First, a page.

One day Alexander the Great asked the philosopher Diogenes why he was sifting through the garbage, Diogenes responded, “I am looking for the bones of your father but I cannot distinguish them from the bones of his slaves.” Another time, Alexander asked Diogenes, if there was something he could do for him. Diogenes replied, “yes, get out of my sun”. Once when Plato defined humans as “featherless bipeds,” Diogenes brought a featherless chicken into Plato’s classroom, saying “Behold! I've brought you a man!” Alexander once told Diogenes that if he were not Alexander the Great, he would want to be Diogenes. Diogenes replied, “If I were not me, I too would want to be Diogenes.”
During the Battle of Drepana of 249 B.C., Romans were attempting to take out the Carthaginian naval forces that broke a siege. Roman had “sacred chickens” to determine when the gods favored them. They threw the Chickens some grain, and if they ate, they attacked. Anyway, the commander at Drepana decides to attack, so the Roman commander brings out the chickens and tosses them some grains. The chickens ignore the grain. They don't even touch it. This is not a good omen. His sailors start to freak out. But he’s determined to attack so he tosses the chickens overboard and says “Let them drink if they don't want to eat!” It does not go down well with his forces but Romans are disciplined so they do as commanded. Romans ended up getting thoroughly trashed by the Carthaginians in the battle.
33Shepherd of the Anus
The first medical literature about the enema is in the Egyptian Ebers Papyrus (1550 B.C.). Their enema specialist was named “Shepherd of the Anus”. Their sole job was to keep the royal butthole healthy. There was also a “Keeper of the Royal Rectum” who was the pharaoh’s enema maker. According to Egyptian mythology, the god Thoth invented the enema.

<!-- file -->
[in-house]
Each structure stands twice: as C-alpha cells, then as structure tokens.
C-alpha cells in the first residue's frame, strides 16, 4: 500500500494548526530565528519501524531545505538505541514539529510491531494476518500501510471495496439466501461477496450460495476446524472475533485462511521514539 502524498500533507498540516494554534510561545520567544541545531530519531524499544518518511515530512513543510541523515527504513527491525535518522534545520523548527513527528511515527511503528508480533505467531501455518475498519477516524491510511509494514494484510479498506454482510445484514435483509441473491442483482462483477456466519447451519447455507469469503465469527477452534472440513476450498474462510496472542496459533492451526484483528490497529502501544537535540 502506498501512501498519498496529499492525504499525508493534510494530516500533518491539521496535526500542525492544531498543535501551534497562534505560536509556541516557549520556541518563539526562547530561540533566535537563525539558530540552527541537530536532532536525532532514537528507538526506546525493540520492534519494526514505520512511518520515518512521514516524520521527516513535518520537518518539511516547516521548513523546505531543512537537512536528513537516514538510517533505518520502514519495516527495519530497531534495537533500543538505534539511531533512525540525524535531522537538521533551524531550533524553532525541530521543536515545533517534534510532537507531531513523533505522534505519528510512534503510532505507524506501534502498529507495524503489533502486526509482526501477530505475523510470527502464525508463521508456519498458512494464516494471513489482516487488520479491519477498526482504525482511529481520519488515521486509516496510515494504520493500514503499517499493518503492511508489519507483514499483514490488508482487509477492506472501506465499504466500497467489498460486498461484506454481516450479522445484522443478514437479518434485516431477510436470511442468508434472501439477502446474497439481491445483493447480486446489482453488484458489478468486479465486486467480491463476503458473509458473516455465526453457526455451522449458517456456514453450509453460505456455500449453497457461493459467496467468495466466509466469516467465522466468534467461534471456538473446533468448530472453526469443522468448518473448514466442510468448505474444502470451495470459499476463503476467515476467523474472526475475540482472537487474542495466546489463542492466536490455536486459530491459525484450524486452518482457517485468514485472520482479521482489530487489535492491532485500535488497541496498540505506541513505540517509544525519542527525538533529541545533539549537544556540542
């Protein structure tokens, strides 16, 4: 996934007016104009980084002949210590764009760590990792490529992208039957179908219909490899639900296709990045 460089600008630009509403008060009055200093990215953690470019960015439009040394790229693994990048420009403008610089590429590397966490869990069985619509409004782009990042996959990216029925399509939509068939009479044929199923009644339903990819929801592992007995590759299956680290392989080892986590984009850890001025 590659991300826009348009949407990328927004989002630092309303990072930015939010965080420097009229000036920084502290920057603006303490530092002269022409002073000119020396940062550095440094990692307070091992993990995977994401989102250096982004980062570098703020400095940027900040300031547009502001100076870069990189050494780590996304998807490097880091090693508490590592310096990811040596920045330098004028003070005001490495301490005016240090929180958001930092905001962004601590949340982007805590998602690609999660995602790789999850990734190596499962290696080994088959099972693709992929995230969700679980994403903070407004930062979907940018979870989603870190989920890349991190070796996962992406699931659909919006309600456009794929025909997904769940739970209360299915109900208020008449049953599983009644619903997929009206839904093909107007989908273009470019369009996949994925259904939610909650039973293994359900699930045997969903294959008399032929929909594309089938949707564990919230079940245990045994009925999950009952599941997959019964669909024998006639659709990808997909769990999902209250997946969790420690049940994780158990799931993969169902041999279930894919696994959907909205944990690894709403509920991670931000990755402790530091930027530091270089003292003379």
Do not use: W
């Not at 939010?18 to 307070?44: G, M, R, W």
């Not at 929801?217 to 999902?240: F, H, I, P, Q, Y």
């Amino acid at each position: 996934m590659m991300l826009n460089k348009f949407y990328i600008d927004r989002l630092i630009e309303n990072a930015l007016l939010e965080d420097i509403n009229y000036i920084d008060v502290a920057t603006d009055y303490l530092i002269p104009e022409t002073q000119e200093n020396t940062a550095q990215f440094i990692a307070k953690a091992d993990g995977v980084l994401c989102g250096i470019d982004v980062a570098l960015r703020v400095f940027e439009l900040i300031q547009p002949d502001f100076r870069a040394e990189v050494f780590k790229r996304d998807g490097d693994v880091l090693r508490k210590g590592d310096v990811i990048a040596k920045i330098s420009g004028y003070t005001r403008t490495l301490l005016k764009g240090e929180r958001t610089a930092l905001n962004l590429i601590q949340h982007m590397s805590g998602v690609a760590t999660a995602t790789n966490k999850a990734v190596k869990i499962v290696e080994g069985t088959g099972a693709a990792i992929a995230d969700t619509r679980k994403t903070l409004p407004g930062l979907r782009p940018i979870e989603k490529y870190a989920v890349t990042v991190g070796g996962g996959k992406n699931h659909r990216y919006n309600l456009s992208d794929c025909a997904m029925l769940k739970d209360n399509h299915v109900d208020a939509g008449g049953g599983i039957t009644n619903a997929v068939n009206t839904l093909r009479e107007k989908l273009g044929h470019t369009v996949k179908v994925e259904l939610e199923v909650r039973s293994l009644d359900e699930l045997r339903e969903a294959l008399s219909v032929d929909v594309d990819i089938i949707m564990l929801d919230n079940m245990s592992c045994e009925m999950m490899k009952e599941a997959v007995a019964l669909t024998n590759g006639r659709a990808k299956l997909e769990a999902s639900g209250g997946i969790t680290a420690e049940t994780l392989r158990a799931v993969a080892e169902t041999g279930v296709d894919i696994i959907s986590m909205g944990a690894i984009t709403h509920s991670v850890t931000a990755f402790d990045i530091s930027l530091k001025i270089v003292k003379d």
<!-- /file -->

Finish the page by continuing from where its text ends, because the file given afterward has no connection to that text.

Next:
A Greek philosopher named Chrysippus died of laughter after getting his donkey drunk and watching it try to eat figs. He was regarded as being stoic most of the time, yet he died of laughter.
In 1807, after his victory at Friedland, Napoleon proposed a rabbit hunt to celebrate. He invited the military’s biggest brass and collected a colony of rabbits. Once bunnies were released they didn’t scurry in fright. Instead, they bounded toward him and his men. The attack only ceased after their coach rolled away.
The Kettle War was a brief conflict between the Dutch and the Austrians. There was only one shot fired which hit an Austrian soup kettle. After which the Austrians promptly surrendered.
During the 1916 Easter Rising, a battle to end British rule over Ireland, there was an hour-long ceasefire each day to allow the park-keeper of St. Stephen’s Green to feed the swans in the park. This ceasefire, however, didn't stop them from destroying his house, though.
Adolf Hitler took 28 different pills for “agonizing flatulence.” Treatment included cocaine, amphetamines, human placenta, strychnine, and atropine. Violent mood swings, euphoria, attention lapses, and erratic behavior were among the noted side effects. His extreme diet, recurring stomach problems (likely psychosomatic) and reliance on quack drug pushers like Morell made life at his dinner table terrible for his guests.
39Anal Sampling Mechanism
Anal Sampling Mechanism is a reflex which detects the contents of the rectal vault and allows for voluntary flatulence to occur without unexpected voiding of feces. So yeah, there's a nerve in your a*s that lets you fart without sh*tting yourself.
40Great Molasses Flood
In 1919 a tank containing 2,300,000 gallons of molasses used to sweeten drinks burst during a heatwave, flooding the streets of Boston with molasses traveling 35 mph killing 21 and injuring 150. The event has been called the Great Molasses Flood and for many decades since, residents have claimed that on hot summer days the area still smelled of molasses.